The ring light aka ring flash is generally considered to have been invented by Lester A. Dine in 1952 for use in dental photography but today many people ring light for all kinds of photography. A ring light is a circular flash that fits around the lens and its most important characteristic is providing even illumination with few shadows and can be used to photograph people as well although to paraphrase Jaws Chief Brody, “You’re gonna need a bigger light.”
The larger ring lights units used for fashion photography, power is delivered by a power pack that can be battery or AC powered but some, such as Alien Bees 320 Watt-Second ABR800 Ringflash, are constructed like monolights. Within the circular flash unit, there can be one or more flash tubes, each of which can be turned on or off individually. Some ring flashes have focusing aka modeling lamps for helping low-light focusing. In addition to softening shadows when photographing people, the unique way that a ring flash renders light produces a shadowy halo that fashion photographers like to employ.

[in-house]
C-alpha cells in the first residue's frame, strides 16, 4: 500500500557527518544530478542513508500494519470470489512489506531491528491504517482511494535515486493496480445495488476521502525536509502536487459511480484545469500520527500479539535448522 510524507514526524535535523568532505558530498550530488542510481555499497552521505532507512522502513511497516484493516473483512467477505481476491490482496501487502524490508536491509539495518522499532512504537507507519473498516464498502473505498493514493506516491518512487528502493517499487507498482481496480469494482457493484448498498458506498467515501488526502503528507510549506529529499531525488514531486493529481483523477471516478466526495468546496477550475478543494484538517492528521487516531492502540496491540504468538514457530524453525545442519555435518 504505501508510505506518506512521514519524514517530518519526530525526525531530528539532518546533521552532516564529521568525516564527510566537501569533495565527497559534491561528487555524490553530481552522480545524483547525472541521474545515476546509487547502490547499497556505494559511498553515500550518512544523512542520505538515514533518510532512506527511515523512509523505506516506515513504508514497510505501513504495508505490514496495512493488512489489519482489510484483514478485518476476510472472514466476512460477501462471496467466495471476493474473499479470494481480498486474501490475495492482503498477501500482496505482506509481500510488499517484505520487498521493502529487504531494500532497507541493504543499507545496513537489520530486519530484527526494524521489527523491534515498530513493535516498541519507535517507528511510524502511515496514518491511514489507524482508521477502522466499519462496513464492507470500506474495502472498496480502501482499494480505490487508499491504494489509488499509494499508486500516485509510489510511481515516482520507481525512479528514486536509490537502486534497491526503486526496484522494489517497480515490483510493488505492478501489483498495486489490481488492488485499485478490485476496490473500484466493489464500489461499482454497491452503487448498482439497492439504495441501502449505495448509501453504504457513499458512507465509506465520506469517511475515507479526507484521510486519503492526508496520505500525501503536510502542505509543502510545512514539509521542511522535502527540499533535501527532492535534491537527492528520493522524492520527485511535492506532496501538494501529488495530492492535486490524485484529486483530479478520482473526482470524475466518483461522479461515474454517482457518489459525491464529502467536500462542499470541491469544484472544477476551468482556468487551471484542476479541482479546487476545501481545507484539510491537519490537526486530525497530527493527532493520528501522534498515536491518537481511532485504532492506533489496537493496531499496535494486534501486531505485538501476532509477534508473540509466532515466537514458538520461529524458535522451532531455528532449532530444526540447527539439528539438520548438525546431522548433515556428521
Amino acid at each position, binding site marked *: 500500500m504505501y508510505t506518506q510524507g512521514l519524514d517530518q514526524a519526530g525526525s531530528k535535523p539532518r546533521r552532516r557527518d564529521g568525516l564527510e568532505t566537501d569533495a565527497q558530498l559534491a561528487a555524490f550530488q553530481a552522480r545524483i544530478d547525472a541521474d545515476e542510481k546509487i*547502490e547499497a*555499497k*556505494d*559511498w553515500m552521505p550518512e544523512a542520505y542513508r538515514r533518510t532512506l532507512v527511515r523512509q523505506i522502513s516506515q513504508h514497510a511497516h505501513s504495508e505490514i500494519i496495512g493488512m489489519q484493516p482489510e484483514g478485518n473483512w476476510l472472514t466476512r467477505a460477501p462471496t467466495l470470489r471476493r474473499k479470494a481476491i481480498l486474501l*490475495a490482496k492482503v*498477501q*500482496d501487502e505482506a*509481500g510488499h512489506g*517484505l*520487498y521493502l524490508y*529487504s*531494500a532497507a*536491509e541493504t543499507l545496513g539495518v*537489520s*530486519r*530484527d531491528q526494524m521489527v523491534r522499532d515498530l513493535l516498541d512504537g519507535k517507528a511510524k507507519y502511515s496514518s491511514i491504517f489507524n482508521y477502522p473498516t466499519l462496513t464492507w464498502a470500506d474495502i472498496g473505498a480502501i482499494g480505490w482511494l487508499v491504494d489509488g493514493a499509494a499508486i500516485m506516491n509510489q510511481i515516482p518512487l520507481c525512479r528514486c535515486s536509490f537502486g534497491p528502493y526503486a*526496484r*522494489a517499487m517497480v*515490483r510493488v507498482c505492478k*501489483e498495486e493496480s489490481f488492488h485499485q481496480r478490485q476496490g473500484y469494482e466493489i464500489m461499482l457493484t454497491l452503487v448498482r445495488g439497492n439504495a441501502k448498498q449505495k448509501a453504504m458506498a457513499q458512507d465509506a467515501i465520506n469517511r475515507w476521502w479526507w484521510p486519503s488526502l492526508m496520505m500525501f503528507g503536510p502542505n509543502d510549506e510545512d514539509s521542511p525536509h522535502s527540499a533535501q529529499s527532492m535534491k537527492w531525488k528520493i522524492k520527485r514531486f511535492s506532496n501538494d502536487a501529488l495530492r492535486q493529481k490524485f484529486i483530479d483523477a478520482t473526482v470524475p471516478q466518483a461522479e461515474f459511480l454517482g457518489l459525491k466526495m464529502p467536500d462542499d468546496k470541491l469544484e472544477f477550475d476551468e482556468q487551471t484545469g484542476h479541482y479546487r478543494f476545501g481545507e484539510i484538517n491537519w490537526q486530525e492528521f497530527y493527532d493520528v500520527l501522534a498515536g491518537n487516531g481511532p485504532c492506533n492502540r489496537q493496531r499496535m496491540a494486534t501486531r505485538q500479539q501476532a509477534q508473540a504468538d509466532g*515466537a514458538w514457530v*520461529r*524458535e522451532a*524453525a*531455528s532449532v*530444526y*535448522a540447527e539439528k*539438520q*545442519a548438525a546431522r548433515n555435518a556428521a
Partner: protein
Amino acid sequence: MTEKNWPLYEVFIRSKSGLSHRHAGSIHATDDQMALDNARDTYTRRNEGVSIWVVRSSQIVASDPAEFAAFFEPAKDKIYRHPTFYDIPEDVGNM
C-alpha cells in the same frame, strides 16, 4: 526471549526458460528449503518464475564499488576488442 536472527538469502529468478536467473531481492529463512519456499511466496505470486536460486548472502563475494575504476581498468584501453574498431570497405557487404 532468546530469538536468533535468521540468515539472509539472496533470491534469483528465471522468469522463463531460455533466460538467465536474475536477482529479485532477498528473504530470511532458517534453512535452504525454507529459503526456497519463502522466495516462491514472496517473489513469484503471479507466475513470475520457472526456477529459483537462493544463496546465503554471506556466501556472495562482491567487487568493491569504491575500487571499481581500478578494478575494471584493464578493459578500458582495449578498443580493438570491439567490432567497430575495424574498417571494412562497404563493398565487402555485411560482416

To photograph butterflies, I typically use a Canon Macro Ring Lite MR-14EX. With ring lights, the flash tube surrounds the optical axis of the lens. For objects close to the camera, the size of the ring flash is significant and so that light hits the subject from many angles in the same way that it does with a lightbank, softening shadows.
If you can’t afford a “real” ring light you can use an attachment such as ExpoImaging’s Ray Flash 2 that was used for this butterfly photograph. When photographing small objects, such as insects, longer—than 50 or 55mm—focal length is a good idea allowing you to fill the frame without getting too close.